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5 DIY Tips for Your Next Shoot

Logan Baker

Here are 5 ways to boost the production value of your video shots on a DIY budget.

Cover image via Film Riot.

One of the most valuable online resources for filmmakers and video producers is Ryan Connolly’s YouTube channel and production juggernaut, Film Riot. Film Riot provides actionable content on filmmaking questions, techniques, and gear recommendations. One of their recent videos focuses on a few DIY tips they’ve released in the past that will help reduce your budget or give you more time to focus on your production.

Let’s take a look at some of these DIY tips as well as where to find the equipment they call for.

Low Fog

5 DIY Tips for Your Next Shoot — Low Fog

If you’re shooting a horror film, or any type of science fiction story, creating mood and environment is key. This low-lying fog adds a layer of creepiness and a boosts the sense of production value on your set. As Connolly advises, when handling the dry ice, make sure you wear gloves and make sure you don’t touch the ice with your bare skin.

What you need:

Lens Flare

5 DIY Tips for Your Next Shoot — Lens Flare

Capturing an organic lens flare in camera is easier than it sounds, and this cost effective technique will get the job done without taking your shoot outside. With a little bit of tape on the top and bottom of your lens, you can get the flare effect you’ve always wanted, without distracting your audience.

If you still want more control over the flare or need to add one during the post-production process, check out RocketStock’s anamorphic lens flare pack here.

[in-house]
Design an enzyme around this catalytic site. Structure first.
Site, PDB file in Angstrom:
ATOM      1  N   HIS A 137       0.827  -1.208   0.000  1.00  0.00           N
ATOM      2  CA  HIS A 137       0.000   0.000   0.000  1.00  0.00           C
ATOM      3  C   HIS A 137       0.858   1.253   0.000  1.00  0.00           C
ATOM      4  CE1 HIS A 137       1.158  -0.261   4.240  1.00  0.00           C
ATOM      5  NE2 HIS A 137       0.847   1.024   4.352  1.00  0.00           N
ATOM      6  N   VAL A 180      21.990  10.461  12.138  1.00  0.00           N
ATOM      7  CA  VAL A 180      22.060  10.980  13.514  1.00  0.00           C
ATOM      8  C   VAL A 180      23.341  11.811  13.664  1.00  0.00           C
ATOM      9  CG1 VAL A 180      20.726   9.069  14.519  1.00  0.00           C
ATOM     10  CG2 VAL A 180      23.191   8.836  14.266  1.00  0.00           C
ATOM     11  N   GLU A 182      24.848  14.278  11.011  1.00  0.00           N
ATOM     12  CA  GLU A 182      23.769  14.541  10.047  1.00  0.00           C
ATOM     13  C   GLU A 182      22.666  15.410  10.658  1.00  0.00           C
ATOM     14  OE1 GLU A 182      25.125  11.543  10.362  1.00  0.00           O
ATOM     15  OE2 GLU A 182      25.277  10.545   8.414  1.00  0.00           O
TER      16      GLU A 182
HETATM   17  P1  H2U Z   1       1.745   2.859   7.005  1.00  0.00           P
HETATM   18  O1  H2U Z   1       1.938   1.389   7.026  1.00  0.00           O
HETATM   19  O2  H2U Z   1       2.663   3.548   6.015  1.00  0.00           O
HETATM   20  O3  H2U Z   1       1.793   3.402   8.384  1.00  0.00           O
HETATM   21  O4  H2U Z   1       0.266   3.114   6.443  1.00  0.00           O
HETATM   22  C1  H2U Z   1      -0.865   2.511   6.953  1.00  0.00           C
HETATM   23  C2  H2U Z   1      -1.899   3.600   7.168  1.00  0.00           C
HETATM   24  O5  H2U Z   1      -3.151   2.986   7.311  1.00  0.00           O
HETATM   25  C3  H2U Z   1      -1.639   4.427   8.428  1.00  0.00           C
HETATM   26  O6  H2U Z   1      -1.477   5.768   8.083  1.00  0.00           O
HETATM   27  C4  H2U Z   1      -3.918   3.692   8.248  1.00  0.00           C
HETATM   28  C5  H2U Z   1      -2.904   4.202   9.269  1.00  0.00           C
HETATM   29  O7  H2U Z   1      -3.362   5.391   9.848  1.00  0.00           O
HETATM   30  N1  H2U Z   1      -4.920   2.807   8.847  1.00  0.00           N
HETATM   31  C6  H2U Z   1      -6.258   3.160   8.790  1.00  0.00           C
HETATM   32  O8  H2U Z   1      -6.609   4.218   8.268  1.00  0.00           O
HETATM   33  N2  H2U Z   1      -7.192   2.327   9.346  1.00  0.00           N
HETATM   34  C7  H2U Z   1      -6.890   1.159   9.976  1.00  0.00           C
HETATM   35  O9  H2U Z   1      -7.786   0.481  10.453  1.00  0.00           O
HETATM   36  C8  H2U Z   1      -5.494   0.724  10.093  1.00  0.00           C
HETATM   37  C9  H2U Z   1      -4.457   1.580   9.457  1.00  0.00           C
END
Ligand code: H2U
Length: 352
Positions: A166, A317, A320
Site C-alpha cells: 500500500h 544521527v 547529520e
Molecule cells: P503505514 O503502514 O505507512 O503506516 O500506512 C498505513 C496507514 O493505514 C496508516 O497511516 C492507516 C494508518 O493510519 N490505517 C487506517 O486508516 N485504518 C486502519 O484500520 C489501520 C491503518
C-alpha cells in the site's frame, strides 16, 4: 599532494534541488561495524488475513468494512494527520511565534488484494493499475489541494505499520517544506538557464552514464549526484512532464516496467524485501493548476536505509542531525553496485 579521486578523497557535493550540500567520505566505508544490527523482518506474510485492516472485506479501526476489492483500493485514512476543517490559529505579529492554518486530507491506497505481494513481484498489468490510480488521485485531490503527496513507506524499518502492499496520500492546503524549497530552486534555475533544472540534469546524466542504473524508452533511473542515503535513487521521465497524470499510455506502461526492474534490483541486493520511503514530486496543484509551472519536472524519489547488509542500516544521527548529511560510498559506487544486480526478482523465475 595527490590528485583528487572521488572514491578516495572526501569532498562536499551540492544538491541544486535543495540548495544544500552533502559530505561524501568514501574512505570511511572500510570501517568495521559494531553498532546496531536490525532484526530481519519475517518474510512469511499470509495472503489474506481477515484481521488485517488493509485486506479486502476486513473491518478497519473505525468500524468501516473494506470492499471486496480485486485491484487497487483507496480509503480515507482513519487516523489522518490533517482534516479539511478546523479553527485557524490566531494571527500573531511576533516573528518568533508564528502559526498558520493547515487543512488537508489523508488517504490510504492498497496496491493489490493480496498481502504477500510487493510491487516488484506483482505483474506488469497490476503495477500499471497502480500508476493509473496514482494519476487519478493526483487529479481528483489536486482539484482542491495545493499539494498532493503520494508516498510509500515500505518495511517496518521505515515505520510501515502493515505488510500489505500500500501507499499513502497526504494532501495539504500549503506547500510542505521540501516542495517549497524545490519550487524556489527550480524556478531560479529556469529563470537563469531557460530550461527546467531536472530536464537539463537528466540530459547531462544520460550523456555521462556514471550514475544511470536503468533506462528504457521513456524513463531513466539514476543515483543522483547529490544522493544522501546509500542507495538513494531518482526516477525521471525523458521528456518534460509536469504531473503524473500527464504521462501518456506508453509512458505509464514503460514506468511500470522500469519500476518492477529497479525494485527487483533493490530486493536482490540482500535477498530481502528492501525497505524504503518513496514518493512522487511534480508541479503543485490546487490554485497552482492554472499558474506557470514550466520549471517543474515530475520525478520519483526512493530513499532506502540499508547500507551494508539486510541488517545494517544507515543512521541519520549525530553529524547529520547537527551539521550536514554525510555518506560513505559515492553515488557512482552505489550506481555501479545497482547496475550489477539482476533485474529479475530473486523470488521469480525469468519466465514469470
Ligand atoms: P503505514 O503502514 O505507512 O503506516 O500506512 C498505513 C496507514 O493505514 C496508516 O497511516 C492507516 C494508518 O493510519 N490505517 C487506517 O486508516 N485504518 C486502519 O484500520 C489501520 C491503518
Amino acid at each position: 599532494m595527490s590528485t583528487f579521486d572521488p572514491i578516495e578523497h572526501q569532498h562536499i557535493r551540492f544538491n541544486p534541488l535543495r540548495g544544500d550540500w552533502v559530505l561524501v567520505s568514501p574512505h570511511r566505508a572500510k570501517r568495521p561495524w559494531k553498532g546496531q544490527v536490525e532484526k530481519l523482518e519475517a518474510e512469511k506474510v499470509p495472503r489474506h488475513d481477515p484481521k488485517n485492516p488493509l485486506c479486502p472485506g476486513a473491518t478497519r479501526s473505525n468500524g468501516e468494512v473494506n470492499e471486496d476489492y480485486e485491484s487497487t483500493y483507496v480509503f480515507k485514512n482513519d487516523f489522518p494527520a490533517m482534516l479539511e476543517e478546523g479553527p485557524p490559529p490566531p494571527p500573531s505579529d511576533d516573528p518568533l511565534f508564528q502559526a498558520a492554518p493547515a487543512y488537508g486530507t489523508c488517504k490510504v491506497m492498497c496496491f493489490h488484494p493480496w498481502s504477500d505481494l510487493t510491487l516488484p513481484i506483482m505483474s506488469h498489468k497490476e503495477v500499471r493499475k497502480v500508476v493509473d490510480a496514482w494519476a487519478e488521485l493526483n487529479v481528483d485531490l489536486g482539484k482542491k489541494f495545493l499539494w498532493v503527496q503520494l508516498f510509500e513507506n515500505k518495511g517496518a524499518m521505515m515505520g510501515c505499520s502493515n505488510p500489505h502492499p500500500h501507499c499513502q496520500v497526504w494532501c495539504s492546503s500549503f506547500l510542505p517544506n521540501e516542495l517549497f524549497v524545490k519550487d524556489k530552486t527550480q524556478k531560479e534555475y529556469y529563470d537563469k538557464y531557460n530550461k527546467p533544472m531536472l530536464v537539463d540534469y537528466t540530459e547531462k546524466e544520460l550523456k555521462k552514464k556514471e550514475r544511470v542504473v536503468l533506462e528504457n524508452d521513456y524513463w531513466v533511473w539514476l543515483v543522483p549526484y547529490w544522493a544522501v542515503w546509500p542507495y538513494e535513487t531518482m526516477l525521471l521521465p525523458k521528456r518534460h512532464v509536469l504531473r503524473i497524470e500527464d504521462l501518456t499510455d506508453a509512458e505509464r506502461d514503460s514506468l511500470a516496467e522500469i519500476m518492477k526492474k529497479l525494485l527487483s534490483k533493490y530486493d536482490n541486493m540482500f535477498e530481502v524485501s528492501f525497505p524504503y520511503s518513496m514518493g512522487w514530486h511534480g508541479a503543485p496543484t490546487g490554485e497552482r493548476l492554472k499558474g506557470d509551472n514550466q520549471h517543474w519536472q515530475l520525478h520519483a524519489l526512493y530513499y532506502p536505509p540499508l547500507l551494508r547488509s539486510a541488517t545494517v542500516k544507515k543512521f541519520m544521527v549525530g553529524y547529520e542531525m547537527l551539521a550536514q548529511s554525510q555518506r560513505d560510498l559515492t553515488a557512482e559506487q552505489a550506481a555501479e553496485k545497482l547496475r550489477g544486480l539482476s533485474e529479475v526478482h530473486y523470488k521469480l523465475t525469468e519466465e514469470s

What you need:

  • Tape
  • Fishing line

Spray Paint Lights

5 DIY Tips for Your Next Shoot — Spray Paint Lights

Let’s say you don’t have the resources or time to get a few gels before your next shoot. Not to worry. You can simply spray paint the lightbulb. You can even include these in the shot, as they are visually appealing. Make sure you purchase heat-resistant paint because the bulbs become extremely hot as the shoot goes on (we’ve all seen what they can do to gels).

What you need:

Shower Curtain

5 DIY Tips for Your Next Shoot — Shower Curtain

Using a shower curtain as a diffuser is not just a household trick. Professional cinematographers like Shane Hurlbut have used it on big-budget film sets. Even if you don’t have shower curtain with you on set, a quick visit to nearest online grocery or supply store will set you up with a super cheap solution. This curtain will add a level of diffusion that will help with harsh sunlight or shadows.

What you need:

  • Shower curtain

Simulating a Party

5 DIY Tips for Your Next Shoot — Simulating a Party

One of the most frustrating aspects of shooting a scene that requires a lot of extras is actually rounding up enough people to make the scene look convincing. Fortunately for you, there’s a simple solution to subtly deceive the audience that uses only a handful of people and a few crew members to create the appearance of a raging party. Use your telephoto lens or zoom in enough to close the background up around your subject. Voila. If you want a little added spice, have a crew member walk in front of the camera or behind your subject to add even more to the illusion.

What you need:

  • A longer lens

Here are a few other DIY posts from PremiumBeat worth checking out:

Do you have DIY production tips? Let us know in the comments.

4K Lens Flares
Create a Hollywood look in your videos with this curated collection of 100+ lens flares in 4K.